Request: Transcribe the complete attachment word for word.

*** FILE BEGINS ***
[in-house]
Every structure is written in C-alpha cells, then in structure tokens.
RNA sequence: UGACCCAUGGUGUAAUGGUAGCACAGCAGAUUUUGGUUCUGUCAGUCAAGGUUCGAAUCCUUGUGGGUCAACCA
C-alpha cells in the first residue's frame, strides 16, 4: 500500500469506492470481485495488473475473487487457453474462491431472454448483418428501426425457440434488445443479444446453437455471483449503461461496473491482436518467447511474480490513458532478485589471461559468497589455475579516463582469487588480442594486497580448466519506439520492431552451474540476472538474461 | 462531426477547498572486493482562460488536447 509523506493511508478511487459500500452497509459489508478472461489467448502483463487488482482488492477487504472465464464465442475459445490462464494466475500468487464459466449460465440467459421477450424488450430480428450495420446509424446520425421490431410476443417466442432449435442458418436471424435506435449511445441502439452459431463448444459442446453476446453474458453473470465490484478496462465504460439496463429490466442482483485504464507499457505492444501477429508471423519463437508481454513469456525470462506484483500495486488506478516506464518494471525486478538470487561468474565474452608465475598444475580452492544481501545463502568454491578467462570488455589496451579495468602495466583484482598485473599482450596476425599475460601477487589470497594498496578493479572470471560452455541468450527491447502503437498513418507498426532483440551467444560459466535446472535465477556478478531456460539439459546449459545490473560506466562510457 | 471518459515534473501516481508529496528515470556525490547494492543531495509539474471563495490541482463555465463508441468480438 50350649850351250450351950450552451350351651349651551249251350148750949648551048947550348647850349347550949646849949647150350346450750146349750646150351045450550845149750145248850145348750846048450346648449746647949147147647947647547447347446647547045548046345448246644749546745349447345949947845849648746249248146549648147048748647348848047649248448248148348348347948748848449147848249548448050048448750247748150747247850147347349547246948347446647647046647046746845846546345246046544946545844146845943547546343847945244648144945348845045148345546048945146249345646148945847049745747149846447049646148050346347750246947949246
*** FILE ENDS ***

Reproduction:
[in-house]
Every structure is written in C-alpha cells, then in structure tokens.
RNA sequence: UGACCCAUGGUGUAAUGGUAGCACAGCAGAUUUUGGUUCUGUCAGUCAAGGUUCGAAUCCUUGUGGGUCAACCA
C-alpha cells in the first residue's frame, strides 16, 4: 500500500469506492470481485495488473475473487487457453474462491431472454448483418428501426425457440434488445443479444446453437455471483449503461461496473491482436518467447511474480490513458532478485589471461559468497589455475579516463582469487588480442594486497580448466519506439520492431552451474540476472538474461 | 462531426477547498572486493482562460488536447 509523506493511508478511487459500500452497509459489508478472461489467448502483463487488482482488492477487504472465464464465442475459445490462464494466475500468487464459466449460465440467459421477450424488450430480428450495420446509424446520425421490431410476443417466442432449435442458418436471424435506435449511445441502439452459431463448444459442446453476446453474458453473470465490484478496462465504460439496463429490466442482483485504464507499457505492444501477429508471423519463437508481454513469456525470462506484483500495486488506478516506464518494471525486478538470487561468474565474452608465475598444475580452492544481501545463502568454491578467462570488455589496451579495468602495466583484482598485473599482450596476425599475460601477487589470497594498496578493479572470471560452455541468450527491447502503437498513418507498426532483440551467444560459466535446472535465477556478478531456460539439459546449459545490473560506466562510457 | 471518459515534473501516481508529496528515470556525490547494492543531495509539474471563495490541482463555465463508441468480438 50350649850351250450351950450552451350351651349651551249251350148750949648551048947550348647850349347550949646849949647150350346450750146349750646150351045450550845149750145248850145348750846048450346648449746647949147147647947647547447347446647547045548046345448246644749546745349447345949947845849648746249248146549648147048748647348848047649248448248148348348347948748848449147848249548448050048448750247748150747247850147347349547246948347446647647046647046746845846546345246046544946545844146845943547546343847945244648144945348845045148345546048945146249345646148945847049745747149846447049646148050346347750246947949246